The NewsGuild-CWA, America’s largest union of journalists, strongly condemns the killing of journalists in Gaza, Israel and Lebanon and calls on all parties to ensure the safety of journalists in the region to work without threat or interference.
The union additionally condemns comments made on Thursday by Benny Gantz, a minister in the Israeli government and former defense minister, who compared journalists to “terrorists” in a post about Hamas’ October 7 massacre in Israel.
“Journalists found to have known about the massacre, and still chose to stand as idle bystanders while children were slaughtered – are no different than terrorists and should be treated as such,” he wrote on X, formerly Twitter.
Gantz and the Israeli government blamed four international media outlets — the New York Times, CNN, the Associated Press and Reuters — saying journalists in Gaza had advance knowledge of the attack by Hamas militants on October 7 that killed more than 1,400 people.
Reuters, The Times and AP – whose American-based journalists are represented by The NewsGuild-CWA – denied the allegations. CNN cut ties with a freelancer, according to the Daily Beast.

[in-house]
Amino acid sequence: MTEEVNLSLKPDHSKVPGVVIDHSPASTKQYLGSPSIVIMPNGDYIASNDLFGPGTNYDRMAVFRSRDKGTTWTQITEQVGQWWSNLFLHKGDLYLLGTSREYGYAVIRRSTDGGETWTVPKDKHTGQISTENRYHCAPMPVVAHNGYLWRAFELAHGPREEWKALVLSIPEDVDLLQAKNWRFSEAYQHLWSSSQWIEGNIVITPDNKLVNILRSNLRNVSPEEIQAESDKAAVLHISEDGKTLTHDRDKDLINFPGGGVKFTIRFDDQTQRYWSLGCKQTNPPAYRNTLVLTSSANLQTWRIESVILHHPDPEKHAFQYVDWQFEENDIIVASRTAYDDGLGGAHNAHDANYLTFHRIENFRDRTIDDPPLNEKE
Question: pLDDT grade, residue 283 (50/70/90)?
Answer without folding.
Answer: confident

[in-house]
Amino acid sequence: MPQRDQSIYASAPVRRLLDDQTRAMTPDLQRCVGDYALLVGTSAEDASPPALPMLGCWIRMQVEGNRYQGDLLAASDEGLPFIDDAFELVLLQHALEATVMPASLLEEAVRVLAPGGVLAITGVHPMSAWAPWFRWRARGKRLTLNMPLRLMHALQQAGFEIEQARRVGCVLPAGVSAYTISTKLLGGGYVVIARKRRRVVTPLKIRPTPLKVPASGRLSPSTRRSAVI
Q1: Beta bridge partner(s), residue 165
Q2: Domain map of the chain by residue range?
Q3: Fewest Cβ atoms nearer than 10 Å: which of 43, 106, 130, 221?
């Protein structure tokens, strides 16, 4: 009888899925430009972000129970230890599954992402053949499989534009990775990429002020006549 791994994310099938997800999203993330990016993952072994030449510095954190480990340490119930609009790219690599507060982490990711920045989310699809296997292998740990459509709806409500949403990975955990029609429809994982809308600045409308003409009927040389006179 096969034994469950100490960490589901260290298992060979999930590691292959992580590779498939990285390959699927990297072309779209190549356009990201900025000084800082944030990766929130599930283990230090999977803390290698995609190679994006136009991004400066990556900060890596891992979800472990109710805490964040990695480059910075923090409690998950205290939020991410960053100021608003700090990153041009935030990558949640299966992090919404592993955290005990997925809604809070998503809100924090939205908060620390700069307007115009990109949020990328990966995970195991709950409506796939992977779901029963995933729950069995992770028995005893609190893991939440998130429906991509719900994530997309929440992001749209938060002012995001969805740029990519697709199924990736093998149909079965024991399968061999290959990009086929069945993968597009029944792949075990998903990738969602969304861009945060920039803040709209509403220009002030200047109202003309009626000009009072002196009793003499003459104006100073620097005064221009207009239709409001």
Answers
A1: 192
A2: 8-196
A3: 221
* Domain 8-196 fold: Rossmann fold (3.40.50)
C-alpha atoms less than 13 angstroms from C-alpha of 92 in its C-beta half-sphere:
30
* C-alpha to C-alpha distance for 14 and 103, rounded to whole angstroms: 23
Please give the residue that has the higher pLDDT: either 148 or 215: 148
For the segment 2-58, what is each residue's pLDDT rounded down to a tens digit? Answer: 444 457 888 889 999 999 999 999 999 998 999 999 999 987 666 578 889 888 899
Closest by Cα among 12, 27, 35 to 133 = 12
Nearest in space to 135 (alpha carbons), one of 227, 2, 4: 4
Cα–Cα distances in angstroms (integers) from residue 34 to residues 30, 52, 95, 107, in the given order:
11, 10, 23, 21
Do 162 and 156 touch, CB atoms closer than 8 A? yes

Journalism is not terrorism, and covering violence is not the same thing as condoning it. Journalists document tragedy as it unfolds and shine a light on a dark world. Our job is to seek truth and report it, especially during a war.
Since the war began in October, Palestinian journalists have been killed at a staggering rate of at least one a day, according to the Washington Post. At least 39 journalists and media workers were confirmed dead, according to the Committee to Protect Journalists. They include 34 Palestinians, 4 Israelis and 1 Lebanese worker. Nearly all of the Palestinian journalists died from Israeli airstrikes, many in their homes with their families.
Last month Israel’s military told Reuters and Agence France Presse that it cannot guarantee the safety of journalists operating inside the Gaza Strip.
Article 79 of the Geneva Conventions is clear that “journalists engaged in dangerous professional missions in areas of armed conflict shall be considered as civilians” and “shall be protected as such under the Conventions.”